Kaplan-Meier analysis of hemorrhage-free survival. A: The estimated median hemorrhage-free survival time for the overall cohort was 78.6 months. B: Kaplan-Meier analysis showed a significant difference in hemorrhage-free survival between patients with or without an initial presentation of hemorrhage, and a presentation of hemorrhage predicted the trend of subsequent hemorrhage. C: Hemorrhage-free survival was worse for patients with an initial presentation of hemorrhage and FND than for patients without hemorrhagic presentation and for those with hemorrhage but without FND (p = 0.002). D: Patients with associated DVA were more likely to experience prospective hemorrhage than those without DVA (p = 0.001). Figure is available in color online only.

References

  • 1

    Abla AASpetzler RF: Cavernous malformations of the thalamus: a relatively rare but controversial entity. World Neurosurg 79:6416442013

  • 2

    Aiba TTanaka RKoike TKameyama STakeda NKomata T: Natural history of intracranial cavernous malformations. J Neurosurg 83:56591995

  • 3

    Al-Holou WNO'Lynnger TMPandey ASGemmete JJThompson BGMuraszko KM: Natural history and imaging prevalence of cavernous malformations in children and young adults. J Neurosurg Pediatr 9:1982052012

    • Crossref
    • Search Google Scholar
    • Export Citation
  • 4

    Al-Shahi Salman RBerg MJMorrison LAwad IA: Hemorrhage from cavernous malformations of the brain: definition and reporting standards. Stroke 39:322232302008

    • Crossref
    • Search Google Scholar
    • Export Citation
  • 5

    Al-Shahi Salman RHall JMHorne MAMoultrie FJosephson CBBhattacharya JJ: Untreated clinical course of cerebral cavernous malformations: a prospective, population-based cohort study. Lancet Neurol 11:2172242012

    • Crossref
    • Search Google Scholar
    • Export Citation
  • 6

    Al-Shahi Salman RKitchen NThomson JGanesan VMallucci CRadatz M: Top ten research priorities for brain and spine cavernous malformations. Lancet Neurol 15:3543552016

    • Crossref
    • Search Google Scholar
    • Export Citation
  • 7

    Banks JLMarotta CA: Outcomes validity and reliability of the modified Rankin scale: implications for stroke clinical trials: a literature review and synthesis. Stroke 38:109110962007

    • Crossref
    • PubMed
    • Search Google Scholar
    • Export Citation
  • 8

    Barker FG IIAmin-Hanjani SButler WELyons SOjemann RGChapman PH: Temporal clustering of hemorrhages from untreated cavernous malformations of the central nervous system. Neurosurgery 49:15252001

    • PubMed
    • Search Google Scholar
    • Export Citation
  • 9

    Bertalanffy HBenes LMiyazawa TAlberti OSiegel AMSure U: Cerebral cavernomas in the adult. Review of the literature and analysis of 72 surgically treated patients. Neurosurg Rev 25:1552002

    • Crossref
    • PubMed
    • Search Google Scholar
    • Export Citation
  • 10

    Cakirer S: De novo formation of a cavernous malformation of the brain in the presence of a developmental venous anomaly. Clin Radiol 58:2512562003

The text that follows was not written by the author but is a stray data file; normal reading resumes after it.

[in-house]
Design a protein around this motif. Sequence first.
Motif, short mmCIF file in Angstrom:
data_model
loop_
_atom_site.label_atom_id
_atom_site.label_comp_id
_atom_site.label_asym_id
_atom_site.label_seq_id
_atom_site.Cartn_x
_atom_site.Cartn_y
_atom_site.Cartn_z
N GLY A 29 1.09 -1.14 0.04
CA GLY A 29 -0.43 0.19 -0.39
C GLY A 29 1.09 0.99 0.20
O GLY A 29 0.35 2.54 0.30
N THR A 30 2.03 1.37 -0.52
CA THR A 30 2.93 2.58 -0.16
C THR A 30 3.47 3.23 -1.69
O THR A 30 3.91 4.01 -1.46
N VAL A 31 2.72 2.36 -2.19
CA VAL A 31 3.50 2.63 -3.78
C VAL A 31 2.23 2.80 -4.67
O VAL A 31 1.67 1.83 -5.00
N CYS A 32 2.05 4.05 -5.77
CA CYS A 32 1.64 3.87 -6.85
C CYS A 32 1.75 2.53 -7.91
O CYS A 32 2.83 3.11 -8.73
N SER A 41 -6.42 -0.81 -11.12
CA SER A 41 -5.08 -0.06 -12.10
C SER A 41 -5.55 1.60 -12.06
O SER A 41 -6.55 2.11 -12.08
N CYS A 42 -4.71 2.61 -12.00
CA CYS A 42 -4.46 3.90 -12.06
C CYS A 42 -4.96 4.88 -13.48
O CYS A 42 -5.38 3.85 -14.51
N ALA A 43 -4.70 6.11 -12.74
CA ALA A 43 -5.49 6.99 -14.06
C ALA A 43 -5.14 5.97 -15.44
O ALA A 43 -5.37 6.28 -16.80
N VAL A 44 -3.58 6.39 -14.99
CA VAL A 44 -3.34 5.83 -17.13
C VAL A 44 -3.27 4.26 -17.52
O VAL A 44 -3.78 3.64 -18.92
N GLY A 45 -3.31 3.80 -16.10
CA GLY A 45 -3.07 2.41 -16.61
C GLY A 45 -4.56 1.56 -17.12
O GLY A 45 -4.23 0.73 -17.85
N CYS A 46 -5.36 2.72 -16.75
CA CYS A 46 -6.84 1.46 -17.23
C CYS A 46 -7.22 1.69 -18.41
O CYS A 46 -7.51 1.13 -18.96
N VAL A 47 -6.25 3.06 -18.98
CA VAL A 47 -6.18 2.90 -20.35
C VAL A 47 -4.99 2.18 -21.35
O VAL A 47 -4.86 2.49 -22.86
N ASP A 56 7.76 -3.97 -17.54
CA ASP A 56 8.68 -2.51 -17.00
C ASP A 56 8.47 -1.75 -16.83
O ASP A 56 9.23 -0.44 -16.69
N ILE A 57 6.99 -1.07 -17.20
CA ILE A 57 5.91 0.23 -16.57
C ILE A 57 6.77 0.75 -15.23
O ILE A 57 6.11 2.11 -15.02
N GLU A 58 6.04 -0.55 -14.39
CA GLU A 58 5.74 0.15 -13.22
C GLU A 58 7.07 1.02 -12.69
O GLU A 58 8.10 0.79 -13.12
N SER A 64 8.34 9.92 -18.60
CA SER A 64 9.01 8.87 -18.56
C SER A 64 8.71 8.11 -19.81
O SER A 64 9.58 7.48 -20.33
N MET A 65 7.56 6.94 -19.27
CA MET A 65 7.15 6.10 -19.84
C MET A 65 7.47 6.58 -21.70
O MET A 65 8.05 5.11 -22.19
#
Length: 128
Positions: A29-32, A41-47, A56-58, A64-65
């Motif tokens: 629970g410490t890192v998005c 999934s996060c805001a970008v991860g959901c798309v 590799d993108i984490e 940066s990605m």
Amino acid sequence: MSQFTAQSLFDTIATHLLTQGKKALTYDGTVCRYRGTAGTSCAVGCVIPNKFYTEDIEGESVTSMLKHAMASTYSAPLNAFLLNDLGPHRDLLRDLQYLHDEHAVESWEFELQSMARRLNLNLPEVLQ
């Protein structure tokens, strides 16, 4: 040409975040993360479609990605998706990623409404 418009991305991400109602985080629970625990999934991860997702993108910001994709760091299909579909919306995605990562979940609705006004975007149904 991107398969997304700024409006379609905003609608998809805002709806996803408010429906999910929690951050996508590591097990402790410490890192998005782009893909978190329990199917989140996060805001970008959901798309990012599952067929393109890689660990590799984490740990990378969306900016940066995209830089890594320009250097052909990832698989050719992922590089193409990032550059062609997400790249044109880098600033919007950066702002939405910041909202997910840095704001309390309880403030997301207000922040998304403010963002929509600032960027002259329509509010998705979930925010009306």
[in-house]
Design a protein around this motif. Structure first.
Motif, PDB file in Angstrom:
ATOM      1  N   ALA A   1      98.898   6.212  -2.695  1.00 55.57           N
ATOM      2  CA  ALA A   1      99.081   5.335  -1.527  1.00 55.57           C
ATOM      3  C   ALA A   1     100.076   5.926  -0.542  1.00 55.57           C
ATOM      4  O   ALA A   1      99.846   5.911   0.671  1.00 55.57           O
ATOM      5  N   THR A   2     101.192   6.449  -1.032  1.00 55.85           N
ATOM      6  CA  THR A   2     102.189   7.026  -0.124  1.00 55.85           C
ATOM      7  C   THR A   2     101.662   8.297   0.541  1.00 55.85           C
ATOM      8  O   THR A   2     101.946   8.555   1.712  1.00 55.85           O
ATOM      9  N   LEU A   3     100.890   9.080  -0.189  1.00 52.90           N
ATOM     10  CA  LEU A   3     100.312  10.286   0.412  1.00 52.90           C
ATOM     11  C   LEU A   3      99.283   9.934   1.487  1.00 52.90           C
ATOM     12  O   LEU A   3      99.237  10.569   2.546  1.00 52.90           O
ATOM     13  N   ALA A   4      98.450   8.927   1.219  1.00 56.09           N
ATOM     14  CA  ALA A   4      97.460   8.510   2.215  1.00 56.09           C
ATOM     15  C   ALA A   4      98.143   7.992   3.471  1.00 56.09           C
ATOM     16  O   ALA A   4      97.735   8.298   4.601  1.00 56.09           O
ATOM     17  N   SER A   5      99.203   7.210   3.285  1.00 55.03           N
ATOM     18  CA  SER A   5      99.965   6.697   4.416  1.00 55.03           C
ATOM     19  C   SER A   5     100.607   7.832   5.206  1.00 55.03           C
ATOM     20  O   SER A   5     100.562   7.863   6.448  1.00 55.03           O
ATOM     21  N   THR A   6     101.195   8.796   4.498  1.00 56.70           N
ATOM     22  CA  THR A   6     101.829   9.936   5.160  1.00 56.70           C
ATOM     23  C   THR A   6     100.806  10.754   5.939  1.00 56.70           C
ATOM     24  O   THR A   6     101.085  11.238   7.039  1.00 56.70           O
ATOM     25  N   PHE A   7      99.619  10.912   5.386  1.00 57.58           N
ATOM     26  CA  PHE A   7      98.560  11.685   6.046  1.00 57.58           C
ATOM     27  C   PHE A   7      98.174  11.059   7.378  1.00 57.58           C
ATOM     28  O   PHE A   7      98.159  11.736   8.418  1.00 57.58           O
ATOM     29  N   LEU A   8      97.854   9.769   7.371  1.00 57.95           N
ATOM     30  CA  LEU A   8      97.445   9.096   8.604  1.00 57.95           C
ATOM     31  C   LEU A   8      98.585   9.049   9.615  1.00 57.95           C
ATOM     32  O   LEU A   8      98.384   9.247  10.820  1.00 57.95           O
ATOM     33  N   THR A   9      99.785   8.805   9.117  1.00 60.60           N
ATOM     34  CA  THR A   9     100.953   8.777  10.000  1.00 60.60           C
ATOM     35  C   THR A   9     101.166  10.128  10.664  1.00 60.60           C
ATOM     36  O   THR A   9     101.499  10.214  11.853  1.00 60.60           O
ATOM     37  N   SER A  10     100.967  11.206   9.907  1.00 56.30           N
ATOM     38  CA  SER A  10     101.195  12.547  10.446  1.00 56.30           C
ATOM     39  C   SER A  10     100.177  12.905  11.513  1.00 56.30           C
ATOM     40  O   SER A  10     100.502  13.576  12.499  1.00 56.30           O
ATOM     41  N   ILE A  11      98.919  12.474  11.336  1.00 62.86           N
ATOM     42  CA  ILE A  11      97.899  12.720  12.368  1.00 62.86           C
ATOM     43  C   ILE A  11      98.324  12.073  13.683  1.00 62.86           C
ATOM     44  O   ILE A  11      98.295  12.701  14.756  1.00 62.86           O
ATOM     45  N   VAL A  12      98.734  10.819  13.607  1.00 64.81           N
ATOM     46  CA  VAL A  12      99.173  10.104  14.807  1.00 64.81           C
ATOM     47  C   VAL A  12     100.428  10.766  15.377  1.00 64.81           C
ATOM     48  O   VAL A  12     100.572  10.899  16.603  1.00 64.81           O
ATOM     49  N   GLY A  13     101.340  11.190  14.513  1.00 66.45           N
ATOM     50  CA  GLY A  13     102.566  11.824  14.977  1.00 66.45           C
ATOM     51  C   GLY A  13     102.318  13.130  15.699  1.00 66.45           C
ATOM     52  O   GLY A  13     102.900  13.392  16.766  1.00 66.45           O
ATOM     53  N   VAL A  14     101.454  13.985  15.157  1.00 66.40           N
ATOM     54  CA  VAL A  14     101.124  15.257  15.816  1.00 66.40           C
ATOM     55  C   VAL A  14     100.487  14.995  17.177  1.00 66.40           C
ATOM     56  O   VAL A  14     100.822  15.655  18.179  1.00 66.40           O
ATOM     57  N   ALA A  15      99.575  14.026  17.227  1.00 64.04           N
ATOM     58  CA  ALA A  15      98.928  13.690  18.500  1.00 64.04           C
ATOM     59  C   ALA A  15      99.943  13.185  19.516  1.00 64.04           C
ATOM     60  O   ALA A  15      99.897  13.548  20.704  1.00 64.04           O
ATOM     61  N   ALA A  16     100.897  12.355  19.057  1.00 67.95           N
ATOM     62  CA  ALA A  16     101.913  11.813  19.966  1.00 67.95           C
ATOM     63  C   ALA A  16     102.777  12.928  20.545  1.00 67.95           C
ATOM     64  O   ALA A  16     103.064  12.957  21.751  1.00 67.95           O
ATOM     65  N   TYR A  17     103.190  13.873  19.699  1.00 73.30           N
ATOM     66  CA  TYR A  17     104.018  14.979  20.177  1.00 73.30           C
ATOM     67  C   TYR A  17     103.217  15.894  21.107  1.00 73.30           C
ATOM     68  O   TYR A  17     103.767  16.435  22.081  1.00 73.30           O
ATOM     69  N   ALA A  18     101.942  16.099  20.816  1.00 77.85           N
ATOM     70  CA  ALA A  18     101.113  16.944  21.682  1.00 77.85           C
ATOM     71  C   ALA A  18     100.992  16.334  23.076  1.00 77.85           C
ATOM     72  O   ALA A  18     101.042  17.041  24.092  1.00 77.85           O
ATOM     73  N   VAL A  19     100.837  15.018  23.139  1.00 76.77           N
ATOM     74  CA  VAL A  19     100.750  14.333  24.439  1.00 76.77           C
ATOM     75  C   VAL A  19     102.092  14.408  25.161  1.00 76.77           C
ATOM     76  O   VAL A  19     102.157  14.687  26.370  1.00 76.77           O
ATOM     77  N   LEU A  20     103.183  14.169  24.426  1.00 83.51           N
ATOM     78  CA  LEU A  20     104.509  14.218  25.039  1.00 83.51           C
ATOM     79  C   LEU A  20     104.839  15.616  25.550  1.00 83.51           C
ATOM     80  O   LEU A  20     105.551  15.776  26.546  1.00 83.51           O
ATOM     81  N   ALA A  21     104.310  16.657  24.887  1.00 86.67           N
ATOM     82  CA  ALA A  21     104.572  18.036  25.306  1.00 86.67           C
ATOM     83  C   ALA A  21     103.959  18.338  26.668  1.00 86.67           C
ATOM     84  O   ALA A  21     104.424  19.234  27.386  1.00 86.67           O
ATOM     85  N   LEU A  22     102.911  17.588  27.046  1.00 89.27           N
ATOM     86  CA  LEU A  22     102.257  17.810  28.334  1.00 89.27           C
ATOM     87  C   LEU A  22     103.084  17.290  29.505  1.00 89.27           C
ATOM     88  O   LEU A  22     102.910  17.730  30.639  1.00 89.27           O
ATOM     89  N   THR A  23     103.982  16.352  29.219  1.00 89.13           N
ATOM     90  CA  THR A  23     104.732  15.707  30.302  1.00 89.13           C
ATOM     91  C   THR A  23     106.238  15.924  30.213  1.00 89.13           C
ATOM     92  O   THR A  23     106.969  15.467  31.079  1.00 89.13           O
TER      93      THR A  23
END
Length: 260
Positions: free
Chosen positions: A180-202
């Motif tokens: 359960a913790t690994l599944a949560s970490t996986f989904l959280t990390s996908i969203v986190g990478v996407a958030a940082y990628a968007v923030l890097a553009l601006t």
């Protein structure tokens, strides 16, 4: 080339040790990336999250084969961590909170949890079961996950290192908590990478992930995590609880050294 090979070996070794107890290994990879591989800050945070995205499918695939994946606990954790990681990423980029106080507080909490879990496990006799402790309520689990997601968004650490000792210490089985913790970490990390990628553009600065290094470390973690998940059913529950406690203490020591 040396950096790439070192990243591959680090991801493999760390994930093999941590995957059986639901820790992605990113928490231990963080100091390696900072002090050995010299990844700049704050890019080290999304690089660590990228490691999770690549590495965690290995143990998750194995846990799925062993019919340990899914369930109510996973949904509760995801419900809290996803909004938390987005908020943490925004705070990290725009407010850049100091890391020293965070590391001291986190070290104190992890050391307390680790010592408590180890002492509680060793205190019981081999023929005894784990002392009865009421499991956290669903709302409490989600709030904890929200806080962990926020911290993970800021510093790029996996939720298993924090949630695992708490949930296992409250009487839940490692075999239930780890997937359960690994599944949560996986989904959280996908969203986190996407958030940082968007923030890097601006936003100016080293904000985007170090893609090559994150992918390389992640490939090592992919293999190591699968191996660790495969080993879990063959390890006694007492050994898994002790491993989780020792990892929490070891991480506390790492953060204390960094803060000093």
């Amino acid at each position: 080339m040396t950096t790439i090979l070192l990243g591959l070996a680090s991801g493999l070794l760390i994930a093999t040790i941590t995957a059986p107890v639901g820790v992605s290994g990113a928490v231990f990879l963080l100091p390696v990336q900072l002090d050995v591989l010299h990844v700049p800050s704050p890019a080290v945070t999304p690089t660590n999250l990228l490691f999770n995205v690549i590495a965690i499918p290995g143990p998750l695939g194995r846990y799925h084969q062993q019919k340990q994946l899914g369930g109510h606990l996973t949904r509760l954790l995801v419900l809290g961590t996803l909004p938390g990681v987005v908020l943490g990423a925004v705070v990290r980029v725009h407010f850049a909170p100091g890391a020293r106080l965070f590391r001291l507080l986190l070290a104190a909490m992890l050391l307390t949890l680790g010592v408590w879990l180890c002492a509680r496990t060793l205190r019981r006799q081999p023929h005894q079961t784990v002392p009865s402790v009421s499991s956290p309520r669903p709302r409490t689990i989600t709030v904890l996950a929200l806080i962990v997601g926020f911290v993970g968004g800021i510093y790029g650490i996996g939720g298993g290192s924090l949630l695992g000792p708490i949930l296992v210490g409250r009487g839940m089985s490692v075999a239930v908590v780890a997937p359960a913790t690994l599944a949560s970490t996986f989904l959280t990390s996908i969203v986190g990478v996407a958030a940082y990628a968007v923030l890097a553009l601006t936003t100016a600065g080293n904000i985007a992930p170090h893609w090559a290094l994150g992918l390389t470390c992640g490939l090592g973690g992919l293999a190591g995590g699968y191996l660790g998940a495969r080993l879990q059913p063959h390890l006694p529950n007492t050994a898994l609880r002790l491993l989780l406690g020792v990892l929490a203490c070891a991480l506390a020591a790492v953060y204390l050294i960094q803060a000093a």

• 11

    Cantu CMurillo-Bonilla LArauz AHiguera JPadilla JBarinagarrementeria F: Predictive factors for intracerebral hemorrhage in patients with cavernous angiomas. Neurol Res 27:3143182005

    • Crossref
    • PubMed
    • Search Google Scholar
    • Export Citation
  • 12

    Chang EFGabriel RAPotts MBBerger MSLawton MT: Supratentorial cavernous malformations in eloquent and deep locations: surgical approaches and outcomes. Clinical article. J Neurosurg 114:8148272011

    • Crossref
    • PubMed
    • Search Google Scholar
    • Export Citation
  • 13

    Del Curling O JrKelly DL JrElster ADCraven TE: An analysis of the natural history of cavernous angiomas. J Neurosurg 75:7027081991

  • 14

    Ferroli PSinisi MFranzini AGiombini SSolero CLBroggi G: Brainstem cavernomas: long-term results of microsurgical resection in 52 patients. Neurosurgery 56:120312142005

    • Crossref
    • PubMed
    • Search Google Scholar
    • Export Citation
  • 15

    Flemming KDLink MJChristianson TJBrown RD Jr: Prospective hemorrhage risk of intracerebral cavernous malformations. Neurology 78:6326362012

  • 16

    Gross BABatjer HHAwad IABendok BR: Cavernous malformations of the basal ganglia and thalamus. Neurosurgery 65:7192009

  • 17

    Gross BABatjer HHAwad IABendok BRDu R: Brainstem cavernous malformations: 1390 surgical cases from the literature. World Neurosurg 80:89932013

  • 18

    Gross BADu ROrbach DBScott RMSmith ER: The natural history of cerebral cavernous malformations in children. J Neurosurg Pediatr 17:1231282016

  • 19

    Gross BALin NDu RDay AL: The natural history of intracranial cavernous malformations. Neurosurg Focus 30:6E242011

  • 20

    Henrich WStupin JHBühling KJBührer CBassir CDudenhausen JW: Prenatal sonographic findings of thalamic cavernous angioma. Ultrasound Obstet Gynecol 19:5185222002

    • Crossref
    • PubMed
    • Search Google Scholar
    • Export Citation
  • 21

    Horne MAFlemming KDSu ICStapf CJeon JPLi D: Clinical course of untreated cerebral cavernous malformations: a meta-analysis of individual patient data. Lancet Neurol [epub ahead of print]2015

    • PubMed
    • Search Google Scholar
    • Export Citation
  • 22

    Jeon JSKim JEChung YSOh SAhn JHCho WS: A risk factor analysis of prospective symptomatic haemorrhage in adult patients with cerebral cavernous malformation. J Neurol Neurosurg Psychiatry 85:136613702014

    • Crossref
    • PubMed
    • Search Google Scholar
    • Export Citation
  • 23

    Kim DSPark YGChoi JUChung SSLee KC: An analysis of the natural history of cavernous malformations. Surg Neurol 48:9181997

  • 24

    Kobata HKondo AIwasaki KHattori I: Massive subependymal hemorrhage caused by an occult vascular malformation—two case reports. Neurol Med Chir (Tokyo) 39:3023071999

    • Crossref
    • PubMed
    • Search Google Scholar
    • Export Citation
  • 25

    Kondziolka DLunsford LDFlickinger JCKestle JR: Reduction of hemorrhage risk after stereotactic radiosurgery for cavernous malformations. J Neurosurg 83:8258311995

    • Crossref
    • PubMed
    • Search Google Scholar
    • Export Citation
  • 26

    Kondziolka DLunsford LDKestle JR: The natural history of cerebral cavernous malformations. J Neurosurg 83:8208241995

  • 27